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Willig, Williams & Davidson Partner and Labor Attorney Alaine Williams Discusses Harrisburg Compensation Matters

October 22, 2010

Harrisburg Trying to Find a Lender to Cover City Workers' Paychecks (The Patriot-News)

By: Charles Thompson

If you work for the city of Harrisburg, the cascading financial problems have been distilled now to one very personal question: Will I get my paycheck next week?

No one had that answer as of Thursday night.

City officials continued to talk with lenders about short-term financing to help them cover a growing cash-flow emergency for the rest of this year.

To date, the city’s sick financial situation and political strife have made even hometown lenders skittish.

By late Thursday, there were no takers, said Brian Hudson, one of the Rendell administration officials trying to help Mayor Linda Thompson weather the crisis.  “We have had some conversations with some potential lenders,” Hudson said. “I don’t have any firm commitment yet.”

City workers aren’t going anywhere. Leaders of all three unions — police, fire and nonuniformed employees — have confirmed in recent days that they would stay on the job.

The immediate problem is that the city’s payroll of approximately $1.2 million is coming due next week. Robert Kroboth, Thompson’s interim chief of staff, said Wednesday night that the city had $330,000 cash on hand.

That cash balance had grown, according to the City Controller’s Office, to $492,000 by the end of the day Thursday. But there was still great uncertainty in City Hall about whether the remaining gap can be closed.

The next five days should tell the tale. City Treasury staffers said the city will need to have cash in hand Tuesday in order to get checks out to the 557 city workers on time.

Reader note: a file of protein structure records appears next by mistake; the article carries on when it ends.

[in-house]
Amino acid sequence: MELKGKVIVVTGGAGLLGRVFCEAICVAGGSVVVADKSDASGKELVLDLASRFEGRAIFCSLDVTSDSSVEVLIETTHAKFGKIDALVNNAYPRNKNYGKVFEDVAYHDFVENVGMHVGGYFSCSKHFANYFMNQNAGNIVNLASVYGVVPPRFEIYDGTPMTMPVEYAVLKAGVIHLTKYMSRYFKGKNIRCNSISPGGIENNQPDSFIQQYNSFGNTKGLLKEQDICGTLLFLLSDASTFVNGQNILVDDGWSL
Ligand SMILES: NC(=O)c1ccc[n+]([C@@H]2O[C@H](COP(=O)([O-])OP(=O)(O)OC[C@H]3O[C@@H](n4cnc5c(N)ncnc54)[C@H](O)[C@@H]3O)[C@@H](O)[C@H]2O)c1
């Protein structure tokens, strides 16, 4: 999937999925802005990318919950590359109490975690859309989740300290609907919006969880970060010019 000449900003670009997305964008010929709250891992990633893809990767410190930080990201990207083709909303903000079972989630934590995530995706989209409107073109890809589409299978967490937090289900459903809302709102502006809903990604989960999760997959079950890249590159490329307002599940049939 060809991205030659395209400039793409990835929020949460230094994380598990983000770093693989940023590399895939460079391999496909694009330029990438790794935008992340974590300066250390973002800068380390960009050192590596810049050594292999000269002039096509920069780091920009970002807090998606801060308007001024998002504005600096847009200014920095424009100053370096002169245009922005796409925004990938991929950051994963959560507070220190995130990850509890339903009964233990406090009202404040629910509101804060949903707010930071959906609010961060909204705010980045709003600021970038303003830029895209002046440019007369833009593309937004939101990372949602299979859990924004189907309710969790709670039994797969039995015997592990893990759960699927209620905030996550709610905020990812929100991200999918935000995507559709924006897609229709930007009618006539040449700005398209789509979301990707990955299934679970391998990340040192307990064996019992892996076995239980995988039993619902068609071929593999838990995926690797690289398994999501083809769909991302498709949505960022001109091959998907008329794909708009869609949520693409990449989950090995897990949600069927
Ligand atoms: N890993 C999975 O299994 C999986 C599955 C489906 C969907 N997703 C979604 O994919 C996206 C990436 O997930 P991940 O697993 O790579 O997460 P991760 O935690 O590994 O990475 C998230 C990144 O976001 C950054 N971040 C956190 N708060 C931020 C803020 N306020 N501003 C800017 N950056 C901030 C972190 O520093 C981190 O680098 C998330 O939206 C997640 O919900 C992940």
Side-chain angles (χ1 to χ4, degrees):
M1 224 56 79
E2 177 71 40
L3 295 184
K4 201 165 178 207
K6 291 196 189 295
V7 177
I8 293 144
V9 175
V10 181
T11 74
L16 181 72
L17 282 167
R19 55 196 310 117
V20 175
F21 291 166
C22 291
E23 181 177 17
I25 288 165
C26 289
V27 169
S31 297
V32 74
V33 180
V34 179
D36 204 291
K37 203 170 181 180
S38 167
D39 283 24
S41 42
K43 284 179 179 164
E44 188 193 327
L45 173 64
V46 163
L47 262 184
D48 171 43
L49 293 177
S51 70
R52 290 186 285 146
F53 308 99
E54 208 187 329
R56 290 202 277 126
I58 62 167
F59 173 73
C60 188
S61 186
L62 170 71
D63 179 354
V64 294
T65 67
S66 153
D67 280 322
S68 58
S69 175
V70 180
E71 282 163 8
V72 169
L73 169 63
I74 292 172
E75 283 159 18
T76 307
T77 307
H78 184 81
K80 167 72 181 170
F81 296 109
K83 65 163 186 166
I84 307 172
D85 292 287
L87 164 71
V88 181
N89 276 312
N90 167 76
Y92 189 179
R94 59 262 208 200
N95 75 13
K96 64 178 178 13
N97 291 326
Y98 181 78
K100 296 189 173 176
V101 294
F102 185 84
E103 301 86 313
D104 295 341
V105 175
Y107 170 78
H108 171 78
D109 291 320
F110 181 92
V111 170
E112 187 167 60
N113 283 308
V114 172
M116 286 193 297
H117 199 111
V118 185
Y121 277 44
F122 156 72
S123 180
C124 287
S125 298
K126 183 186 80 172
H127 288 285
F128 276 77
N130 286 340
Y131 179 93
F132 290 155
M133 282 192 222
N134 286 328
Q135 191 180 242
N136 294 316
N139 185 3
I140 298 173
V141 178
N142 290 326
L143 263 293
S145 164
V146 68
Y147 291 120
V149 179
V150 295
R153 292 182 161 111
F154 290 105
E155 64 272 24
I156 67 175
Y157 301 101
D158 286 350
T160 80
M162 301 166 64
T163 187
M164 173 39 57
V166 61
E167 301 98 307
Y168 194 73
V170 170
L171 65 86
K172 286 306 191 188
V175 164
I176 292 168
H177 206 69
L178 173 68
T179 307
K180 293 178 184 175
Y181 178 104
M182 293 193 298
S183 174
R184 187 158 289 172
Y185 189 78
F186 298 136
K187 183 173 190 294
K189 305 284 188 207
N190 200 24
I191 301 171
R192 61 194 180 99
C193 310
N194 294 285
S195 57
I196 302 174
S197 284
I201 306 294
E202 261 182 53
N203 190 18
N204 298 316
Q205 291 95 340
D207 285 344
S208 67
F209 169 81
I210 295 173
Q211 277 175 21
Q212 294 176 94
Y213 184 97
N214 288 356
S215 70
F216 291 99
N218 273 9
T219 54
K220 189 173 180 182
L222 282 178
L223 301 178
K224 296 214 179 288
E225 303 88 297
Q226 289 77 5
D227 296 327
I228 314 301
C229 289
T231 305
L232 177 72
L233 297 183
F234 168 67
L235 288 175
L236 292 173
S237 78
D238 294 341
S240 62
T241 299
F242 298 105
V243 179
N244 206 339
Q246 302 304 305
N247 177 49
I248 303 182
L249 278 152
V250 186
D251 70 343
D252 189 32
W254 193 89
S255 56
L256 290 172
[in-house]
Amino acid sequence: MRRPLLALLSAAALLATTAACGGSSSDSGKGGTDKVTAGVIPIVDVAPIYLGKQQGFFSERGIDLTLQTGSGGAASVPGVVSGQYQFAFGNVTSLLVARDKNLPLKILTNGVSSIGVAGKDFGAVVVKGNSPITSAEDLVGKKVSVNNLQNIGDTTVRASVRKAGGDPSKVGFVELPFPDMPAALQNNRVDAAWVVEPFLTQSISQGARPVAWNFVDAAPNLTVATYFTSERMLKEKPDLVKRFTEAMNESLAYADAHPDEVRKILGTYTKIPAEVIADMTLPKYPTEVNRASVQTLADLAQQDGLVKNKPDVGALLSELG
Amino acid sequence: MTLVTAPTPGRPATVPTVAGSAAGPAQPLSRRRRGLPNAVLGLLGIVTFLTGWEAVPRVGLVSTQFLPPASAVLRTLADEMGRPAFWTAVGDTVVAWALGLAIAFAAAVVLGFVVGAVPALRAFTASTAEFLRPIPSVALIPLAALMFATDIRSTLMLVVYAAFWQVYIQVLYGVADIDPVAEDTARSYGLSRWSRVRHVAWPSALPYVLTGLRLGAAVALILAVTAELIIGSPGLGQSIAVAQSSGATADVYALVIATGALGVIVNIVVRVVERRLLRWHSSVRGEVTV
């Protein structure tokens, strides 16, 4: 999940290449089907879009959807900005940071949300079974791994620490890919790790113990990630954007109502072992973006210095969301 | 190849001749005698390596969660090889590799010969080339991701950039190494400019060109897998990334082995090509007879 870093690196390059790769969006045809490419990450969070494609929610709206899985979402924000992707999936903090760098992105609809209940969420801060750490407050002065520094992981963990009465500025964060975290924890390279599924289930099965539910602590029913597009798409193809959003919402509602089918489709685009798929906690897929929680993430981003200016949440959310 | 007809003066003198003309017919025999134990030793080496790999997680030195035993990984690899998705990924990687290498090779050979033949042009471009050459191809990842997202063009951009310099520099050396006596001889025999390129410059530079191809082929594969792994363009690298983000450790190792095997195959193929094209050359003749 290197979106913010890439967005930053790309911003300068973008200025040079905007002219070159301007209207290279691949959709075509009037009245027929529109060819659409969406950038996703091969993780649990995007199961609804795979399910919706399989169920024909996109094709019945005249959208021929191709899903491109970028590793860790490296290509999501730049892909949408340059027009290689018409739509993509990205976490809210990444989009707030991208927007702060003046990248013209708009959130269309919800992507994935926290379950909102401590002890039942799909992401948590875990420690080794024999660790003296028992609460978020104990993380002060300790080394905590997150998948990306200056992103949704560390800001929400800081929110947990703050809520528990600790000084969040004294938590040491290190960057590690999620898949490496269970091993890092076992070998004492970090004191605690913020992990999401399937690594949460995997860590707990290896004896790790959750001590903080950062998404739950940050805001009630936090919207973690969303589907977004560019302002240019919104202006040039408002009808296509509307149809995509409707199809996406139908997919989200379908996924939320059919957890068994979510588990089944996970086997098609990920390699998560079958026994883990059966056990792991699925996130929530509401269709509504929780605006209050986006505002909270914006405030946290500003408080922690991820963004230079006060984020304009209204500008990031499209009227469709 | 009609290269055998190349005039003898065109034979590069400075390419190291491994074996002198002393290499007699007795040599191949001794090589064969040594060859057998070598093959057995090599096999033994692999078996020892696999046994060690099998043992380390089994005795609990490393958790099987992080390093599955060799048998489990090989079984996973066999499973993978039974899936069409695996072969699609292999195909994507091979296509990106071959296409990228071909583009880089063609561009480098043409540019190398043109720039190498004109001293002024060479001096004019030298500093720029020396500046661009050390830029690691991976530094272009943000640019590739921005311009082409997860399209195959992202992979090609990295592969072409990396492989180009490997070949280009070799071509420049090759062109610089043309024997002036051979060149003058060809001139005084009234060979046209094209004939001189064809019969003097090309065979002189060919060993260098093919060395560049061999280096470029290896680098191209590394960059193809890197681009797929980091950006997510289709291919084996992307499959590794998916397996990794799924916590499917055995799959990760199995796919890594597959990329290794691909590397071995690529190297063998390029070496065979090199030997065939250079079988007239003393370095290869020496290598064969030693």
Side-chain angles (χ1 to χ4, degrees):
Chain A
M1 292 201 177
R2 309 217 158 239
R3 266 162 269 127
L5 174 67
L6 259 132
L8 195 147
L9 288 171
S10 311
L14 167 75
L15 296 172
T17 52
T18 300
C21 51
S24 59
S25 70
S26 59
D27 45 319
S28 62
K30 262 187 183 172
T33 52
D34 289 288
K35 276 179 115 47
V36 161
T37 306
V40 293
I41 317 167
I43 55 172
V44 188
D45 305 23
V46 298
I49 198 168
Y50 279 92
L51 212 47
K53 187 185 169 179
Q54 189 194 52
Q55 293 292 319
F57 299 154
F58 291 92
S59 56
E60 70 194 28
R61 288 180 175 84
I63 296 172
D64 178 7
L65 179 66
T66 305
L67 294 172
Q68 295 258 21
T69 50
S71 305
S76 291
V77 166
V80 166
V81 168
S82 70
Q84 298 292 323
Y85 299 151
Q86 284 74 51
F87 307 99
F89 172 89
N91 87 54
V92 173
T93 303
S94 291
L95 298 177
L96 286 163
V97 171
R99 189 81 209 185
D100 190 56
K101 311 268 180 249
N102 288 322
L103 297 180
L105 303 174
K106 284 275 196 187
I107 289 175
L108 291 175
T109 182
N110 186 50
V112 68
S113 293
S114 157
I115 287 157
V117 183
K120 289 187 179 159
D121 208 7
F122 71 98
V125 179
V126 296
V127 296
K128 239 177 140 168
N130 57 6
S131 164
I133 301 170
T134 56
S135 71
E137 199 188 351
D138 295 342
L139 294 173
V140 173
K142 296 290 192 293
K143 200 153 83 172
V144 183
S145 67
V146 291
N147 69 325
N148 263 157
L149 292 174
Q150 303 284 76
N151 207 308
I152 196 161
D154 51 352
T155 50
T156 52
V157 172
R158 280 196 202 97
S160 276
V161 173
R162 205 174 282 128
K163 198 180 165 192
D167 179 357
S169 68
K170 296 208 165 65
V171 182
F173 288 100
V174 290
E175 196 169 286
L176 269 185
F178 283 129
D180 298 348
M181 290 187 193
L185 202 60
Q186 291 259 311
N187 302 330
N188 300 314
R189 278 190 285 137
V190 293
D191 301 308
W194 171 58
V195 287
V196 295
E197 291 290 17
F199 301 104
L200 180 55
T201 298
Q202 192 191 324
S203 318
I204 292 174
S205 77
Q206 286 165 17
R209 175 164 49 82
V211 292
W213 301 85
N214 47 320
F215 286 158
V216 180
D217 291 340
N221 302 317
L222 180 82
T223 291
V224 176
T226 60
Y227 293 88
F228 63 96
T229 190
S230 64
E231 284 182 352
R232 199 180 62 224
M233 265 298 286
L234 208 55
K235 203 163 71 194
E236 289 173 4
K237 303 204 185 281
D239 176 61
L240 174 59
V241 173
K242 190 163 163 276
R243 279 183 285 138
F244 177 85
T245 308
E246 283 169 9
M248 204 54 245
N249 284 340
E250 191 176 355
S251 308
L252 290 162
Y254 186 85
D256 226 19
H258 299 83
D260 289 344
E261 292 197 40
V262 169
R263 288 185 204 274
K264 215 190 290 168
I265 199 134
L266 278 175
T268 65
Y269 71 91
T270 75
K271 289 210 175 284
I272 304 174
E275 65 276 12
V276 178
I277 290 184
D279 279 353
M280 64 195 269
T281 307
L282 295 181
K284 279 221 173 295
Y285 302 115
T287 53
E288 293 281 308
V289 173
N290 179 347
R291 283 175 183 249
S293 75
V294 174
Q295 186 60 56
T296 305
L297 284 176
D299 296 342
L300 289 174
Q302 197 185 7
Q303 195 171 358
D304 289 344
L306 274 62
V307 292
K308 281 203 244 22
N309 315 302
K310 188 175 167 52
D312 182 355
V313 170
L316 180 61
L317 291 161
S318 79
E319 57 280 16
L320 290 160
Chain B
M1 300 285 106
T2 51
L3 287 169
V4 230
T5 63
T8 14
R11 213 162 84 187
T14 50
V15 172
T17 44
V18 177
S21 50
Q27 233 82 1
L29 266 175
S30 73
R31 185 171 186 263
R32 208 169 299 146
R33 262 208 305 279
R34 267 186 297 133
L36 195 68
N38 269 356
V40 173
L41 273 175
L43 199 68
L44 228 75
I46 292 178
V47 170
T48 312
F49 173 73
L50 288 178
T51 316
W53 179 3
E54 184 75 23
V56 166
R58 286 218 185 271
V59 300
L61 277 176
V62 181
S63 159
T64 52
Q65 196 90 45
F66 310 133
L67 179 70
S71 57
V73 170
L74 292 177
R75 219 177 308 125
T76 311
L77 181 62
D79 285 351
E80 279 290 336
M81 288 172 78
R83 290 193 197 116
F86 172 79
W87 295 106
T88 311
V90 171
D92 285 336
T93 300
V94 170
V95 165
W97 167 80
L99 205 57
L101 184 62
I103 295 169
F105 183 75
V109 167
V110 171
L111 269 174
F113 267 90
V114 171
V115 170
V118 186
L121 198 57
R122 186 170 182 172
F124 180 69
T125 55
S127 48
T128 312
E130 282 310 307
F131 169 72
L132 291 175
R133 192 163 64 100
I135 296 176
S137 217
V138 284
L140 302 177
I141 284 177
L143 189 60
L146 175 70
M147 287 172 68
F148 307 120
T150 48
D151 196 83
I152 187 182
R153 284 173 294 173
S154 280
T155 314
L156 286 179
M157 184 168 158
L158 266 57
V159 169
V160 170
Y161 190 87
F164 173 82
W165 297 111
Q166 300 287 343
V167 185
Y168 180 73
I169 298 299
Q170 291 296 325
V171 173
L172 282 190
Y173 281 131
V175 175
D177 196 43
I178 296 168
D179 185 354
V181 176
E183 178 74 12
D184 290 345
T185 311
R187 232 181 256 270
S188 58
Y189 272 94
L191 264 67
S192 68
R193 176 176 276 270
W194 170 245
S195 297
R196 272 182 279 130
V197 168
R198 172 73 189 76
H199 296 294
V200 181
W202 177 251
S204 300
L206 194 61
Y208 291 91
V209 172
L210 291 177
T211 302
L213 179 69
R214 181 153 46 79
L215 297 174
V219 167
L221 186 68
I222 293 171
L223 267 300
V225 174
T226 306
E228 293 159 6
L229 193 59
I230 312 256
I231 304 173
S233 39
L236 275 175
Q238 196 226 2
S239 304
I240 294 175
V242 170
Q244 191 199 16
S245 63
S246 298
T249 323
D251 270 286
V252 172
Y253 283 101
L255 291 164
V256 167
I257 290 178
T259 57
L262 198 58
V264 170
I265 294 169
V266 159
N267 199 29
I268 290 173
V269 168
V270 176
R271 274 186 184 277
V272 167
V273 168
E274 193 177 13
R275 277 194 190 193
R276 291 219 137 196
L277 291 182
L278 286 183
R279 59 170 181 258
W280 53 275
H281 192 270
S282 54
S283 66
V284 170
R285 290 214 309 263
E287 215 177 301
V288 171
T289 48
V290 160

Kroboth has projected a $4.8 million deficit for the year. In addition to the payroll concerns, payments to many vendors have already been stopped.

Neither Kroboth nor Thompson’s spokesman, Chuck Ardo, responded to questions Thursday.

Attorneys for the city’s unions would likely quickly file a complaint under the federal Fair Labor Standards Act if workers aren’t paid. That could expose the city to interest on back pay, and possibly additional damages if the checks are missed.

Running out of money “is an excuse, but it’s not a ‘Get Out of Jail Free’ card” for the city failing to make payroll, said Alaine Williams, a labor lawyer who often represents the American Federation of State, County and Municipal Employees in such cases.

“The act requires payment and it requires payment on a regular payday,” she said.

Meanwhile, frustrations over the situation simmered.

Workers, who asked not to be identified for this story, said morale is flagging, if their efforts are not.

The head of the union representing the city’s non-uninformed workers retained some optimism Thursday night.  “Somehow, some way, things always seem to work out,” said Sue Weldon, president of AFSCME Local 521.

City Controller Dan Miller blasted the mayor, saying she took a bad situation and made it worse. Thompson was handed a budget that was widely acknowledged to be several million dollars out of balance when she took office in January. “Management should have been paying attention to this from January 1, if not earlier,” Miller said.

The city has had close calls with paydays before this fall. In November 2006, then-Mayor Stephen R. Reed was forced to take out a $7 million loan to cover budget shortfalls. That loan, which was preceded by 32 layoffs, was finalized one day before a payroll was due.

In September, with the double whammy of a debt-service payment and a payday looming, bills were met with the help of a $4.3 million aid package cobbled together by the Rendell administration.

Two weeks ago, the city was pulled back from the brink by a set of expedited payments of cash from the Harrisburg Authority, Harrisburg Parking Authority and Harrisburg School District.

This year’s troubles, Thompson has contended, are more directly related to the debt from the Harrisburg Incinerator that the city has guaranteed.

In 2009, the city was forced to spend $4.8 million to make incinerator-related debt payments that the Harrisburg Authority could not meet, Thompson said.

That payment ate up critical cash reserves, the mayor said.

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